This is the process in which children learn to control the elimination of stool and urine. They need to be mature enough physically and emotionally before they will be ready. Parents cannot rush the process. In order to avoid a struggle with this issue during the “stubborn age” (15 months to 3 years) parents should be encouraging but not try to force toilet training. This is definitely a time that the child is in control.
Signs that your child may be ready for potty training include:
- Being able to sense fullness of the bowel or bladder and be able to let the parent know.
- Being able to sit on the toilet or potty chair without being afraid.
- Being able to understand what it is that you want them to do.
- Awakening from nap or in the morning with a dry diaper.
- Some children are ready to begin between the age of 18 to 24 months but most are between age 2 and 3 when ready to start. Full control may take some children a long time.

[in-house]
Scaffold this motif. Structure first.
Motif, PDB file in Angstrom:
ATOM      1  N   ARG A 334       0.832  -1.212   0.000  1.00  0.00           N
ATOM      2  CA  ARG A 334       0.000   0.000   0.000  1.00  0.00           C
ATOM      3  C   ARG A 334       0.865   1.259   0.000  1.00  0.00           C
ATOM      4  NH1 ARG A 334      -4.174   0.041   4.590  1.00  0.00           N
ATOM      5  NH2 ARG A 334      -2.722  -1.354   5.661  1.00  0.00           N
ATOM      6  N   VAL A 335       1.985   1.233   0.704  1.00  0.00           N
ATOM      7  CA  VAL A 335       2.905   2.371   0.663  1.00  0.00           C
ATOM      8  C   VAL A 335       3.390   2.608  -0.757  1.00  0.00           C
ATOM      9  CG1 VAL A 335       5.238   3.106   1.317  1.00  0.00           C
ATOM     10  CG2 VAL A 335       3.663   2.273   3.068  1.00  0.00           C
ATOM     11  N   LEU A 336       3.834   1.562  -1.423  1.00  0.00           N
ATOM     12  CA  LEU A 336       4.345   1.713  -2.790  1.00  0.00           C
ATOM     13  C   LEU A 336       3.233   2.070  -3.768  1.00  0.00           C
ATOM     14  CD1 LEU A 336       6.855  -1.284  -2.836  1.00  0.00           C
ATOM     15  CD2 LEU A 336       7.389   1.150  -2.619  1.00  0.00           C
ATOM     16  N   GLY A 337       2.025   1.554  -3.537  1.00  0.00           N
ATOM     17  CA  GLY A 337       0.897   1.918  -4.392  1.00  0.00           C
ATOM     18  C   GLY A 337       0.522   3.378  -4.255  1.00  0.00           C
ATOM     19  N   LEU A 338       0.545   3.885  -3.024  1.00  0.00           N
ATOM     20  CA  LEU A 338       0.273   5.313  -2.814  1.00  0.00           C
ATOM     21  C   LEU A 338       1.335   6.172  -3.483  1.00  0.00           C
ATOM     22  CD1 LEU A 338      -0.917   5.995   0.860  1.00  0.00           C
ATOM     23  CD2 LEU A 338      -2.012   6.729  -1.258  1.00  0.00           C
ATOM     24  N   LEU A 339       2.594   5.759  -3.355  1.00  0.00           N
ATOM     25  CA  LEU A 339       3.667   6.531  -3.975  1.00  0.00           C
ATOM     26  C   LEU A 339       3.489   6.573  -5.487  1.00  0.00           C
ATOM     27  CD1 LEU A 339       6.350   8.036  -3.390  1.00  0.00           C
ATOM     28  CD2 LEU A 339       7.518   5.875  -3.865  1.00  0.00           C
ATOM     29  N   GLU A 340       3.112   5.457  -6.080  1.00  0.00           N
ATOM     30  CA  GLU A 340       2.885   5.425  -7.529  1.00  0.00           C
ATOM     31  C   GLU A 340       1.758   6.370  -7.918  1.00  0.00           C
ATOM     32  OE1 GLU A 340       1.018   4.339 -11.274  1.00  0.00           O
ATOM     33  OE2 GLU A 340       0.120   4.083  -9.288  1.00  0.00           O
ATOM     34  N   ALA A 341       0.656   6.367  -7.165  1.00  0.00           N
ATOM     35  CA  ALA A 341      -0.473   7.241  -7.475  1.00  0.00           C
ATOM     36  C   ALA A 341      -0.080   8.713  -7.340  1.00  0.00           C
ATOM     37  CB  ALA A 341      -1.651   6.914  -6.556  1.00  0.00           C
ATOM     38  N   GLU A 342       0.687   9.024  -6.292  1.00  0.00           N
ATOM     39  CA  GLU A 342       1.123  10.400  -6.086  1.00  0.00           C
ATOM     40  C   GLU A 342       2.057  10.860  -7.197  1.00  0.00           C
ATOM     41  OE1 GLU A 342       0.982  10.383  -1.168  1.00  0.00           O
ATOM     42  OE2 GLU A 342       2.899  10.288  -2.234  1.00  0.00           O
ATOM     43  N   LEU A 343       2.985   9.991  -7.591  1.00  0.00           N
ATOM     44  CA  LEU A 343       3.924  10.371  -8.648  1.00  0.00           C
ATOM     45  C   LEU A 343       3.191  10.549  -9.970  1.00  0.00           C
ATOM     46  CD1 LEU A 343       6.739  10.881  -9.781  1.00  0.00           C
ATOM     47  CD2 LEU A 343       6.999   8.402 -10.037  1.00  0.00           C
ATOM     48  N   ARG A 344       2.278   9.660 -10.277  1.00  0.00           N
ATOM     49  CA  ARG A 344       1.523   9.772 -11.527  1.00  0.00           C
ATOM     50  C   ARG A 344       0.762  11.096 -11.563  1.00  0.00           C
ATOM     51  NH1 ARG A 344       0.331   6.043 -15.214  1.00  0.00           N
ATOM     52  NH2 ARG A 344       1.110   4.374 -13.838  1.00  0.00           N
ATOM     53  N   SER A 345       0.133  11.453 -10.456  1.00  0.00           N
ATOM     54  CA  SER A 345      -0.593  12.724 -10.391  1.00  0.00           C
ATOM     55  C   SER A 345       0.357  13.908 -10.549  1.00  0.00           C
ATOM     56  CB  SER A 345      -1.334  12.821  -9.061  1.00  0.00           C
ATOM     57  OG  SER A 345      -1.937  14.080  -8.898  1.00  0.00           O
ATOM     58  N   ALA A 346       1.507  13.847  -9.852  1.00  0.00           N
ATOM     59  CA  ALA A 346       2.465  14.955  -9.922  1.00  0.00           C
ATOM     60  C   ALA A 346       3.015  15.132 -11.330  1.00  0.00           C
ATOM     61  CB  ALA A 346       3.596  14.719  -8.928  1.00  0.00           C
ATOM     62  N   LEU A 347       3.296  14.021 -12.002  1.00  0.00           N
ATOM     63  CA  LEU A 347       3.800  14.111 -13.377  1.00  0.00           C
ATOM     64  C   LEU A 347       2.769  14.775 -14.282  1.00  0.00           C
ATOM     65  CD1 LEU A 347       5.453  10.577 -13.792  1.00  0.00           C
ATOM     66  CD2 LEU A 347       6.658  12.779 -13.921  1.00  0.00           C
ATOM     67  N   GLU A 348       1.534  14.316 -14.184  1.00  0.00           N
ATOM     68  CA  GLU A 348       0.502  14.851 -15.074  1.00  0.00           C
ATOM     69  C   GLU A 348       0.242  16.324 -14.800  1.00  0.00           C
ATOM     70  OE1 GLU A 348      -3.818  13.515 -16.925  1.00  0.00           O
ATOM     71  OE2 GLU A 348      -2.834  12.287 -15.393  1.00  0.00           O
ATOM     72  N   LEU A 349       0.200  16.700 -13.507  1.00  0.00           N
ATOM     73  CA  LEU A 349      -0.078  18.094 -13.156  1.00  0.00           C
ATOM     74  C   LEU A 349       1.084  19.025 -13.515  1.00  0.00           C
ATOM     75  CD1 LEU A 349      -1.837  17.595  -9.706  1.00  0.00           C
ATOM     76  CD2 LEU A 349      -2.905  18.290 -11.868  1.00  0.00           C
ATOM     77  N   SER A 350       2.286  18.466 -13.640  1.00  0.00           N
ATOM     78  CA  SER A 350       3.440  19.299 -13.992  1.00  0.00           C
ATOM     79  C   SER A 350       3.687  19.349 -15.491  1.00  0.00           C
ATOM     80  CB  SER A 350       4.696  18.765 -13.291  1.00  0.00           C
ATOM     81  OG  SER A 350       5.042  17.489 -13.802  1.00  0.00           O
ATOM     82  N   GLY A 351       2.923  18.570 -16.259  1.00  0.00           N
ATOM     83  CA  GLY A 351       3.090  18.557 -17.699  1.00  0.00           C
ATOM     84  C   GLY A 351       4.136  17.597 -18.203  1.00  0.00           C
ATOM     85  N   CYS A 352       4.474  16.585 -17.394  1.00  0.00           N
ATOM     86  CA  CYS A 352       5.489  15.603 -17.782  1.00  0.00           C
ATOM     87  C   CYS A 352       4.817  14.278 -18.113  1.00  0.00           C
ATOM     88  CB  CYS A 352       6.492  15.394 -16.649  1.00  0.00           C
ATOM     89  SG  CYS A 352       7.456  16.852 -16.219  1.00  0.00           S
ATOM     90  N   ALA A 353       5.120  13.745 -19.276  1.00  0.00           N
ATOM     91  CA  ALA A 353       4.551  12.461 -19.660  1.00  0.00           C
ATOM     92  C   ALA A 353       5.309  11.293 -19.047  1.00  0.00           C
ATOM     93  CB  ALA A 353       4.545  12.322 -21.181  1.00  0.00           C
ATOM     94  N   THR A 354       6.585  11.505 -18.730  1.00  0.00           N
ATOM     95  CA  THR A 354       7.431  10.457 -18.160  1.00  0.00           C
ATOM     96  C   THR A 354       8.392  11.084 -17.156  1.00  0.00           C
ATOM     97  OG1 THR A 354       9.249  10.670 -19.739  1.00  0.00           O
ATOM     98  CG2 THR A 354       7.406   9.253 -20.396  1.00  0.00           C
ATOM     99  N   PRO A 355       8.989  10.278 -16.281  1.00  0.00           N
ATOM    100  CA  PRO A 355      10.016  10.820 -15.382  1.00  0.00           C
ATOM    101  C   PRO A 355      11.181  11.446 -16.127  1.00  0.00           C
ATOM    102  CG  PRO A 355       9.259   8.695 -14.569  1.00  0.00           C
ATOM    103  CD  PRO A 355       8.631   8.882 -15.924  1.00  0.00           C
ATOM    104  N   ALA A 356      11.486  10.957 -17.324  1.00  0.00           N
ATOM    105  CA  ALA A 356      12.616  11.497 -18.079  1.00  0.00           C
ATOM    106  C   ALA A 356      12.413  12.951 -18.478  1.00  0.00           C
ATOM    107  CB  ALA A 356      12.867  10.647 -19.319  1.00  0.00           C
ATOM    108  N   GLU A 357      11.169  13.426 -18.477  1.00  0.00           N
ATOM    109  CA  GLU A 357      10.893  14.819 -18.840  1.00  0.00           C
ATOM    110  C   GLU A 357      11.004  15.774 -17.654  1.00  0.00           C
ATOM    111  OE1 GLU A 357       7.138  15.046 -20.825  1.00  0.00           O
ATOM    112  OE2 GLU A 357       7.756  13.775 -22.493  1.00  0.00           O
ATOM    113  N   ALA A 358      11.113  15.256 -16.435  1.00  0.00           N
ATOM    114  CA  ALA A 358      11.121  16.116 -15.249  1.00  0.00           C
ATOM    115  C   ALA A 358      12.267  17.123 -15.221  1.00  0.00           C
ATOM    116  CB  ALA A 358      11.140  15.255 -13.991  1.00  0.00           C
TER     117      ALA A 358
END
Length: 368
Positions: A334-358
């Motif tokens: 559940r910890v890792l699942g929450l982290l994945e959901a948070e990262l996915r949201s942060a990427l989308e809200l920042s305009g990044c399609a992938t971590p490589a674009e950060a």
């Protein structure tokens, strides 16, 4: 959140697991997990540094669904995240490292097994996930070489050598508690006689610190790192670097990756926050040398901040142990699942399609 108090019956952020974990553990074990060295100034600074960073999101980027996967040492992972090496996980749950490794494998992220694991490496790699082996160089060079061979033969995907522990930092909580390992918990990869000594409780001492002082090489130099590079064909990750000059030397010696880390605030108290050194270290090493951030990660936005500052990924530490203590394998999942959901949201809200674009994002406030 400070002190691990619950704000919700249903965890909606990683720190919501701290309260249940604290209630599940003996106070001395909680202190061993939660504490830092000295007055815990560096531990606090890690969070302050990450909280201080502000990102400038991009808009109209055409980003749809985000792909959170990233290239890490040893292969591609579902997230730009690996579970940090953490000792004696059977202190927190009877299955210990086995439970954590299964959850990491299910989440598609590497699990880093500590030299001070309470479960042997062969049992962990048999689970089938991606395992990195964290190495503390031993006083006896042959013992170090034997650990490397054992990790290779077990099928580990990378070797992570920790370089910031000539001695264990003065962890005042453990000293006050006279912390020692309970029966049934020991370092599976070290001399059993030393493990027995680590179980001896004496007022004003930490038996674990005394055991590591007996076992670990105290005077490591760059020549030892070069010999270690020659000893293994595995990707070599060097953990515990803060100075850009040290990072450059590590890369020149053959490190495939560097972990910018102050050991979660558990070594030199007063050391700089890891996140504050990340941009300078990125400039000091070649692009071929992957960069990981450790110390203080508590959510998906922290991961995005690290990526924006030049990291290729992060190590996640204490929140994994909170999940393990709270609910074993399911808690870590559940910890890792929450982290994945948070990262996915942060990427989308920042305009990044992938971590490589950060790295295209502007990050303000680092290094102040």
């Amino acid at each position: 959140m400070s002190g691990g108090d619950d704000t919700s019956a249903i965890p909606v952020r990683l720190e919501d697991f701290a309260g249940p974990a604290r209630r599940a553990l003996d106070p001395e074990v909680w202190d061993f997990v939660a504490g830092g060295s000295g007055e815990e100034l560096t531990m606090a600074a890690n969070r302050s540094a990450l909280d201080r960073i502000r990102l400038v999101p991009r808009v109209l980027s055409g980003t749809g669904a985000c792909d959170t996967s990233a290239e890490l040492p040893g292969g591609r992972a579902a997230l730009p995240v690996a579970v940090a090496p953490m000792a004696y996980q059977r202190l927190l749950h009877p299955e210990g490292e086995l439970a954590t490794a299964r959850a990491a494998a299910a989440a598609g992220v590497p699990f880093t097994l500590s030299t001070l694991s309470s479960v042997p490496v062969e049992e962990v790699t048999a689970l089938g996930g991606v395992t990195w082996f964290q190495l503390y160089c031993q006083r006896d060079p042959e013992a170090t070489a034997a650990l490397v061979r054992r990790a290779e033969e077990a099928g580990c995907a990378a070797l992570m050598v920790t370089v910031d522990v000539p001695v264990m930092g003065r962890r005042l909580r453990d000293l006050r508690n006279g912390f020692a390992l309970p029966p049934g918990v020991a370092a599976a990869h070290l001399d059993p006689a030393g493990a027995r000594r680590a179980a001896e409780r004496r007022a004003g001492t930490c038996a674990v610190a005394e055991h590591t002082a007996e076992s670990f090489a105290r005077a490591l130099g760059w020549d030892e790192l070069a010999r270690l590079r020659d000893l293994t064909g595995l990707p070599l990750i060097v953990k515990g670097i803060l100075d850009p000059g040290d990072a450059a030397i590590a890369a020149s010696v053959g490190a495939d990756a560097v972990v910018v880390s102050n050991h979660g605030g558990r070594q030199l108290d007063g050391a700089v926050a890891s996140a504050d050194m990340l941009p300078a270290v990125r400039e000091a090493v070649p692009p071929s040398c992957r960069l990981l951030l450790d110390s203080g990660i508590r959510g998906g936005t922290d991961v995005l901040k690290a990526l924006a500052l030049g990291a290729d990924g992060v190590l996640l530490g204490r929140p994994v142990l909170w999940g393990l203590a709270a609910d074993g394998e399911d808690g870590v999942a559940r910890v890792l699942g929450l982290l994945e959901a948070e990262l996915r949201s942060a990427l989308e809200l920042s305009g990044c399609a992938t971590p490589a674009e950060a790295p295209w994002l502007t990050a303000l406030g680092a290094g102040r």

- An incentive such as big kid underwear can help get things started.
- When you feel your child is ready take him or her to the toilet frequently at first (every 30-90 minutes depending on how long between voids is normal for the child). This will ensure some successful trips and get the idea across. Stooling occurs most commonly 30 minutes after meals. Encouraging a brief “potty stop” after meals may improve success.
- Praise but don’t pressure your child for successful trips to the toilet.
- Don’t punish for accidents.
- Don’t begin during a time of high stress in the family such as long illness or new sibling.
- Nighttime dryness may take much longer than daytime. Some children “wet the bed” (called primary nocturnal enuresis) for several years.
Suggested reading from our library - - Toilet Learning